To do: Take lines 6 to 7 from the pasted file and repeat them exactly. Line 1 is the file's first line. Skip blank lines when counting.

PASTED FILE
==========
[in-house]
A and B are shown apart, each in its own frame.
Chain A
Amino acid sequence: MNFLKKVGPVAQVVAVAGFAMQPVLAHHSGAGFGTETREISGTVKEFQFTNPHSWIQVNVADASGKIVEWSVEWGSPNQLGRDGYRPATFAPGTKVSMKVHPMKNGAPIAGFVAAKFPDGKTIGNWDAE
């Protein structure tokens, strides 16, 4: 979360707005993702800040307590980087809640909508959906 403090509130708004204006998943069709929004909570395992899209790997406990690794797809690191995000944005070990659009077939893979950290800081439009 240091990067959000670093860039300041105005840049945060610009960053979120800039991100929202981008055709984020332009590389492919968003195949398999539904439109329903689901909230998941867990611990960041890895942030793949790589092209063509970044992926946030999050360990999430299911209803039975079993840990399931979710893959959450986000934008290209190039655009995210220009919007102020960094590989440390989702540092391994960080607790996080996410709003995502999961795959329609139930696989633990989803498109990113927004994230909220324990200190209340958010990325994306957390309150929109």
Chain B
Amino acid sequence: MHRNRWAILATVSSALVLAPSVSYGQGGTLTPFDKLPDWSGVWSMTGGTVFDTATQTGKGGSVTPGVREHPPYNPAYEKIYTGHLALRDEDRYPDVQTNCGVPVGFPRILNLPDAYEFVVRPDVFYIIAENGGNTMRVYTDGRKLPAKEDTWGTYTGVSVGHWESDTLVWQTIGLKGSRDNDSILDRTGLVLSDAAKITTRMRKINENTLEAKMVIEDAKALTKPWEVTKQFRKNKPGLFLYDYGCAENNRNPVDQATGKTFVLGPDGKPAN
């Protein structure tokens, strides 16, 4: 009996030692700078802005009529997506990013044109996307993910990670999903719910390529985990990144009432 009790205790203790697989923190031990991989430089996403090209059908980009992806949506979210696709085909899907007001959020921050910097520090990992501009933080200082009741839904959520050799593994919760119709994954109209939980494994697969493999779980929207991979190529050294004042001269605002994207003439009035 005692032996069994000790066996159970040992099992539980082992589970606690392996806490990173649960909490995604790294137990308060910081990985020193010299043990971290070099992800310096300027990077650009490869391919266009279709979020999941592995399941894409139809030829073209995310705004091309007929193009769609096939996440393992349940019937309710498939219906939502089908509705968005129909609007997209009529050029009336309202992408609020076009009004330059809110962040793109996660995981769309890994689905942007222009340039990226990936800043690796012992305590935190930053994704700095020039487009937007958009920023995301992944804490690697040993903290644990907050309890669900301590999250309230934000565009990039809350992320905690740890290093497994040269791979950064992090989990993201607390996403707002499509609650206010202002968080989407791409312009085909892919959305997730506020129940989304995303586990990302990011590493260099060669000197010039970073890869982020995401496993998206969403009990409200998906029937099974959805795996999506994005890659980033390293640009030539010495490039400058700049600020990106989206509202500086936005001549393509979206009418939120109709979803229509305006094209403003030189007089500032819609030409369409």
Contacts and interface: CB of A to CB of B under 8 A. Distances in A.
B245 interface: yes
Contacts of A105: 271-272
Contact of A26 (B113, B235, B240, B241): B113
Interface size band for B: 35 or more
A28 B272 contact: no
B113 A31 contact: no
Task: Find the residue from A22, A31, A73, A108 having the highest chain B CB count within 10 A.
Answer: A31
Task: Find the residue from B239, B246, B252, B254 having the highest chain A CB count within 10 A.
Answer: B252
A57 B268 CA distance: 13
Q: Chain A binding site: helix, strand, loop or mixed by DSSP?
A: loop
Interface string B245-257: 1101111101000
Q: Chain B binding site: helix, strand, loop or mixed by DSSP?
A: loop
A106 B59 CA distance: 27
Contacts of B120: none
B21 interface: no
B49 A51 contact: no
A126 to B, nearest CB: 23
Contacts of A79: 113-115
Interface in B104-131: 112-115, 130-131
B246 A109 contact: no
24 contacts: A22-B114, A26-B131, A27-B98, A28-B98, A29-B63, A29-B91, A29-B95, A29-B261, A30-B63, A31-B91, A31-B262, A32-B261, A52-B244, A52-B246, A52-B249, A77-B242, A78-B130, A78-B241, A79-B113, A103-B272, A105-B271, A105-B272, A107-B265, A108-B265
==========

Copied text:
Chain B
Amino acid sequence: MHRNRWAILATVSSALVLAPSVSYGQGGTLTPFDKLPDWSGVWSMTGGTVFDTATQTGKGGSVTPGVREHPPYNPAYEKIYTGHLALRDEDRYPDVQTNCGVPVGFPRILNLPDAYEFVVRPDVFYIIAENGGNTMRVYTDGRKLPAKEDTWGTYTGVSVGHWESDTLVWQTIGLKGSRDNDSILDRTGLVLSDAAKITTRMRKINENTLEAKMVIEDAKALTKPWEVTKQFRKNKPGLFLYDYGCAENNRNPVDQATGKTFVLGPDGKPAN